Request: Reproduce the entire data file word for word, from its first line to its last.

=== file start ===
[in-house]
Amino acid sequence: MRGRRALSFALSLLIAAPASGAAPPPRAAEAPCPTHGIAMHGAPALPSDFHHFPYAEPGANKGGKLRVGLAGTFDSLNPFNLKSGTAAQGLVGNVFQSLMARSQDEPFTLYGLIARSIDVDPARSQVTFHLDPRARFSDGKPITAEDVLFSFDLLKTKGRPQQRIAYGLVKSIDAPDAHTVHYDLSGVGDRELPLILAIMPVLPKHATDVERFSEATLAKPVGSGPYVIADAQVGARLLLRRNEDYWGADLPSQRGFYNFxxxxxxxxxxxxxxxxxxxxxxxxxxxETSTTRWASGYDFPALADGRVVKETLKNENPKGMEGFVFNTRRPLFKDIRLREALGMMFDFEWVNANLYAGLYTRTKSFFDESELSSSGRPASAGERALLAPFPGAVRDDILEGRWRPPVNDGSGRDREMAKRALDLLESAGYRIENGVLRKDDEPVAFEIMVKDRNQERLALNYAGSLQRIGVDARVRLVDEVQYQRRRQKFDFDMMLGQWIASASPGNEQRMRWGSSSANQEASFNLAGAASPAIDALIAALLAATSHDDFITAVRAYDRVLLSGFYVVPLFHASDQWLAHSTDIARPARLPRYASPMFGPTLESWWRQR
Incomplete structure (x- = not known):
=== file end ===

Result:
[in-house]
Amino acid sequence: MRGRRALSFALSLLIAAPASGAAPPPRAAEAPCPTHGIAMHGAPALPSDFHHFPYAEPGANKGGKLRVGLAGTFDSLNPFNLKSGTAAQGLVGNVFQSLMARSQDEPFTLYGLIARSIDVDPARSQVTFHLDPRARFSDGKPITAEDVLFSFDLLKTKGRPQQRIAYGLVKSIDAPDAHTVHYDLSGVGDRELPLILAIMPVLPKHATDVERFSEATLAKPVGSGPYVIADAQVGARLLLRRNEDYWGADLPSQRGFYNFxxxxxxxxxxxxxxxxxxxxxxxxxxxETSTTRWASGYDFPALADGRVVKETLKNENPKGMEGFVFNTRRPLFKDIRLREALGMMFDFEWVNANLYAGLYTRTKSFFDESELSSSGRPASAGERALLAPFPGAVRDDILEGRWRPPVNDGSGRDREMAKRALDLLESAGYRIENGVLRKDDEPVAFEIMVKDRNQERLALNYAGSLQRIGVDARVRLVDEVQYQRRRQKFDFDMMLGQWIASASPGNEQRMRWGSSSANQEASFNLAGAASPAIDALIAALLAATSHDDFITAVRAYDRVLLSGFYVVPLFHASDQWLAHSTDIARPARLPRYASPMFGPTLESWWRQR
Incomplete structure (x- = not known):